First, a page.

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Jimmy Hoffa testifies in a Senate hearing

How to find Jimmy Hoffa

The legend was wrong: Jimmy Hoffa’s body wasn’t found buried under the end zone when Giants Stadium was demolished in 2010.

Maybe it was cremated in a trash incinerator or crushed in a compacted vehicle sold as scrap. It might be buried in concrete under a skyway in New Jersey. Perhaps it was fed to Everglades alligators. Or maybe two federal agents pushed Hoffa out of an airplane as it flew over the Great Lakes.

For more than 45 years, a lot of people – including the FBI – have devised hypotheses, advanced theories and tried to solve the mystery of what happened to Hoffa, the former Teamsters president, after he disappeared July 30, 1975, from the parking lot of a restaurant outside Detroit.

David Witwer ’85, a professor of American studies at Penn State Harrisburg who is writing a book – his fourth – about Hoffa, is less interested in searching for Hoffa’s physical remains than he is about searching for who Hoffa really was.

David Witwer '85 lectures at Penn State Harrisburg Penn State Harrisburg
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Champion of working people or “corrupt, criminal, ruthless, violent, vile” union leader? Hardworking advocate for the little guy or mob collaborator? Family man with a modest lifestyle or all-powerful organized crime figure? Working-class hero or a symbol of corruption? Unsolvable mystery or mythic figure?

“What the book is about is looking for that Hoffa, that Hoffa who’s so hard to pin down,” Witwer said.

As the Penn State laureate for 2020-21, Witwer lectures about his research into union corruption, organized crime and labor racketeering, subjects he has pursued since obtaining his doctorate degree.  His first job out of DePauw – investigative analyst for the New York district attorney – sparked those interests.

He has conducted research at the National Archives, poring over eight boxes of reports by investigators pursuing Hoffa at the behest of Robert F. Kennedy, who as a Senate committee counsel and U.S. attorney general, styled Hoffa as “totally corrupt,” Witwer said. The union boss, who was born in Brazil, Indiana, in 1913, finally was convicted in 1967 of fraud, conspiracy and jury tampering and sentenced to 13 years in prison. In 1971, however, he won clemency from President Richard Nixon on one condition: He had to resign the Teamsters’ presidency, to which he had been re-elected while incarcerated.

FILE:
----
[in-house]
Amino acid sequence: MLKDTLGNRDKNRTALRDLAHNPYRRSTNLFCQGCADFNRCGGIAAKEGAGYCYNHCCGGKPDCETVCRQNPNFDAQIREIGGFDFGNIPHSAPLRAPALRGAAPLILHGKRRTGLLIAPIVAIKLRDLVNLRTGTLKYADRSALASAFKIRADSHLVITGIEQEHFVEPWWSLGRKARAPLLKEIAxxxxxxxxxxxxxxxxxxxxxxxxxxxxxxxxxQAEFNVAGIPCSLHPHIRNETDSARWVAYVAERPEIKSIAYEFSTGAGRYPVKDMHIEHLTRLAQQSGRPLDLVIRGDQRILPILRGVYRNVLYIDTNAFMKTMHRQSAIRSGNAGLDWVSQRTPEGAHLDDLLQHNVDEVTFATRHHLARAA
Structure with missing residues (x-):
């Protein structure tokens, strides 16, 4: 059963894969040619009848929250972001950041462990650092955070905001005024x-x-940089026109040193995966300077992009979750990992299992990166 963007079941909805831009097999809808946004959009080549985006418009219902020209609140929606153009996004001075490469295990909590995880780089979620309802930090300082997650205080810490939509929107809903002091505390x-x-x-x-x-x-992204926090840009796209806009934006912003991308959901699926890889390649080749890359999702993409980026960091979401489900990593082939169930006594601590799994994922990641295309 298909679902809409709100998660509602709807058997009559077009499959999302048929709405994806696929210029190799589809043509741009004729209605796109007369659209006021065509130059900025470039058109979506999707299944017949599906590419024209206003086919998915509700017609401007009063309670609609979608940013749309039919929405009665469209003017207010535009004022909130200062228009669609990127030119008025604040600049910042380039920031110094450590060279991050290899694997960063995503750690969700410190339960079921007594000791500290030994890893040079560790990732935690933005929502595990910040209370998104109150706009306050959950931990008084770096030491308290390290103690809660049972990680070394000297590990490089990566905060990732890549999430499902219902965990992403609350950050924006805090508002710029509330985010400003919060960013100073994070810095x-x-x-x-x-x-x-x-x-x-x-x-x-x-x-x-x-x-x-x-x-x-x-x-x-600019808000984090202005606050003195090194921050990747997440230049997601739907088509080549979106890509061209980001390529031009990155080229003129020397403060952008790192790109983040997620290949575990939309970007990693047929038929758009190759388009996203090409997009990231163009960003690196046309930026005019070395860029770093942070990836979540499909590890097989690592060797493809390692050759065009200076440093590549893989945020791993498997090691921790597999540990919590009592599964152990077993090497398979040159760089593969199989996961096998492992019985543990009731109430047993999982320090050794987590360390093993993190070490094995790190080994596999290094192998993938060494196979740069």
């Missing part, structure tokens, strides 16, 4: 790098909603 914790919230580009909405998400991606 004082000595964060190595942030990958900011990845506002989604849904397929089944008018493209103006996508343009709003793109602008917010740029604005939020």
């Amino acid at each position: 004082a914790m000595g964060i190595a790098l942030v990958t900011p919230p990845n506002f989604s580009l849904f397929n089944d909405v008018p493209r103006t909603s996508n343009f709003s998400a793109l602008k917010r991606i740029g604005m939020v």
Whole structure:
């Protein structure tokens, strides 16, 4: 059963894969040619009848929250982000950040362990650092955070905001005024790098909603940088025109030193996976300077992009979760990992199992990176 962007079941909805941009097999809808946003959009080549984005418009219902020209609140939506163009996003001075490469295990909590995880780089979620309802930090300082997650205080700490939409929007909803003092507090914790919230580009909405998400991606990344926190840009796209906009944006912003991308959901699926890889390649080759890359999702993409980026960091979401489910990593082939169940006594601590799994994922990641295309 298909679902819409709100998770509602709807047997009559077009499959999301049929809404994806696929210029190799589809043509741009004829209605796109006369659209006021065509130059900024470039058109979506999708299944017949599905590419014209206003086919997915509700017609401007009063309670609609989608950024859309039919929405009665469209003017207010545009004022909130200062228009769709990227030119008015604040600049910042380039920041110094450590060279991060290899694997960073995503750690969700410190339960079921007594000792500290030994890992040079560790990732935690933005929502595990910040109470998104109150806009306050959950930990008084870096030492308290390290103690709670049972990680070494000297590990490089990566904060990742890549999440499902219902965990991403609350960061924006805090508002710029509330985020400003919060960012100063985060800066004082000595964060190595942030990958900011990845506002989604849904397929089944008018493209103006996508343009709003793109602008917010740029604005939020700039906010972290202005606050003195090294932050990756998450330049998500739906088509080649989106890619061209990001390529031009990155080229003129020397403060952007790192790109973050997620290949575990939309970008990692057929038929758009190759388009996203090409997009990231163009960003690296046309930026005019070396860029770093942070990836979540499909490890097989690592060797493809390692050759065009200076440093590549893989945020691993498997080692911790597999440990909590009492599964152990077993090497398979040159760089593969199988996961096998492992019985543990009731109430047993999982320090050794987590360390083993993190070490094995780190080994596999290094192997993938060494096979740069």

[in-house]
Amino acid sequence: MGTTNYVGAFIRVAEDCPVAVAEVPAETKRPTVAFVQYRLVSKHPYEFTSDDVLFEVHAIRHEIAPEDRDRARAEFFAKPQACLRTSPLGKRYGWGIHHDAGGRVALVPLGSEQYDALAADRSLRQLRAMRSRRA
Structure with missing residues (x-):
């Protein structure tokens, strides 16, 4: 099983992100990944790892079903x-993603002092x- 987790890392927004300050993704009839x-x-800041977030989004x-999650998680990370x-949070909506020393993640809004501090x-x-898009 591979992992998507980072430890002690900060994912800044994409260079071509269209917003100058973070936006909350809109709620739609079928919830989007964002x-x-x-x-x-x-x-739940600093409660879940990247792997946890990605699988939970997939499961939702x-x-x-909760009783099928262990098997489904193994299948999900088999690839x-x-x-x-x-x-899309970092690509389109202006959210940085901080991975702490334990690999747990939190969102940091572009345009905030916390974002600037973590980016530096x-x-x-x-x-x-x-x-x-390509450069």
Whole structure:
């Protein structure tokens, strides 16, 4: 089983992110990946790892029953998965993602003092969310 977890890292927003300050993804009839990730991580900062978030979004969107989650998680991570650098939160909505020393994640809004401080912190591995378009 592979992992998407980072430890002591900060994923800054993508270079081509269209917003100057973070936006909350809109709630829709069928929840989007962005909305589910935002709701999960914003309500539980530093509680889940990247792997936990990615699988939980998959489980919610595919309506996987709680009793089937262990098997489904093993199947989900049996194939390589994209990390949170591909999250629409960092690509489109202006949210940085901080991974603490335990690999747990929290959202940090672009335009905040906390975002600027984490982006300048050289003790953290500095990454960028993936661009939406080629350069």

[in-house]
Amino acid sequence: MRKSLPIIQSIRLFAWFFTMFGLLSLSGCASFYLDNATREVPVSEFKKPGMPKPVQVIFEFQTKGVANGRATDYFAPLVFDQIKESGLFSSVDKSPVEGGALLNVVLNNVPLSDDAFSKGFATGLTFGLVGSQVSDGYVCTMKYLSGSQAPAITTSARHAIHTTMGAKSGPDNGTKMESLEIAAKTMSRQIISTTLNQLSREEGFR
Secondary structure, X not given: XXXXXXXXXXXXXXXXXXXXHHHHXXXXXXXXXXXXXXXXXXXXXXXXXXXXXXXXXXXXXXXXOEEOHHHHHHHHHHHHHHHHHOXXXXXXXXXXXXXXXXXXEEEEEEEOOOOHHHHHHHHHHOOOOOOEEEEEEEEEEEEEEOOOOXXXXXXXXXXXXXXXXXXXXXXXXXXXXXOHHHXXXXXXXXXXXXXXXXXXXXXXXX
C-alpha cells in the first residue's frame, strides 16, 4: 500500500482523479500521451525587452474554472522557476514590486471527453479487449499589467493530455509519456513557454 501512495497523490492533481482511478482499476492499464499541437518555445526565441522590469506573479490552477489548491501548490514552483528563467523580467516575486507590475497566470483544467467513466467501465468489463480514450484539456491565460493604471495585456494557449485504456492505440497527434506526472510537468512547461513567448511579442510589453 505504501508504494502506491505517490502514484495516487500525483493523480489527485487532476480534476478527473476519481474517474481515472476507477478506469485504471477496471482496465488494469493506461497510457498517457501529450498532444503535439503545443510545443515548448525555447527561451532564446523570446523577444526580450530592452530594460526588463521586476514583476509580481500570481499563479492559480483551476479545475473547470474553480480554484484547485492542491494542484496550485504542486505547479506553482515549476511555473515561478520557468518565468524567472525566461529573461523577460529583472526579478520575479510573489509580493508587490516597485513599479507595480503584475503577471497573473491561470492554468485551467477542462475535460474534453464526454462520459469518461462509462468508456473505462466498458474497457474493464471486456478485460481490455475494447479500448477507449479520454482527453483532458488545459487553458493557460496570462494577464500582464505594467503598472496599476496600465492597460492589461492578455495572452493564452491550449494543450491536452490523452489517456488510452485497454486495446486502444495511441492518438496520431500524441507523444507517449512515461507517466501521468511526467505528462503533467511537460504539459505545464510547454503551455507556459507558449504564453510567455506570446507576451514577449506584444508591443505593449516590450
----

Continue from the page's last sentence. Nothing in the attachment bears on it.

After he was released, Hoffa began seeking support to run again anyway. Then he disappeared. Theories – and legends – abound about what happened. Witwer dismisses as nonsensical the suggestion that the mob killed him to stop him from running for the presidency; not only would the Nixon administration likely put Hoffa back in the penitentiary, but the historian can’t imagine why organized crime intentionally would invite the public and law enforcement attention that the disappearance precipitated.

Witwer said another theory that “makes some sense” is that, when the mob opposed his candidacy and tried to dissuade him from running, he threatened retribution: Snitching to law enforcement. He thinks the mob planned to intimidate Hoffa, not kill him. But he ended up dead, and after the panicked functionaries did something with the body, their displeased bosses moved it for “a double layer of security.”

So will Hoffa be found? “I don’t think you do find Hoffa’s body,” Witwer said, though some are still trying. That includes the FBI, though those who know what happened likely are dead and thus can neither provide information nor be charged with a crime. 

But the mythic figure lives on, primarily because the mystery endures.

“Some people have talked about Hoffa’s significance as a folk figure, a mythic figure, … the kind of working class Everyman who defies the authority and the establishment,” Witwer said. “Myths matter because they tell us something about how we explain our world.”

(Hoffa photo: CSU Archives/Everett Collection)

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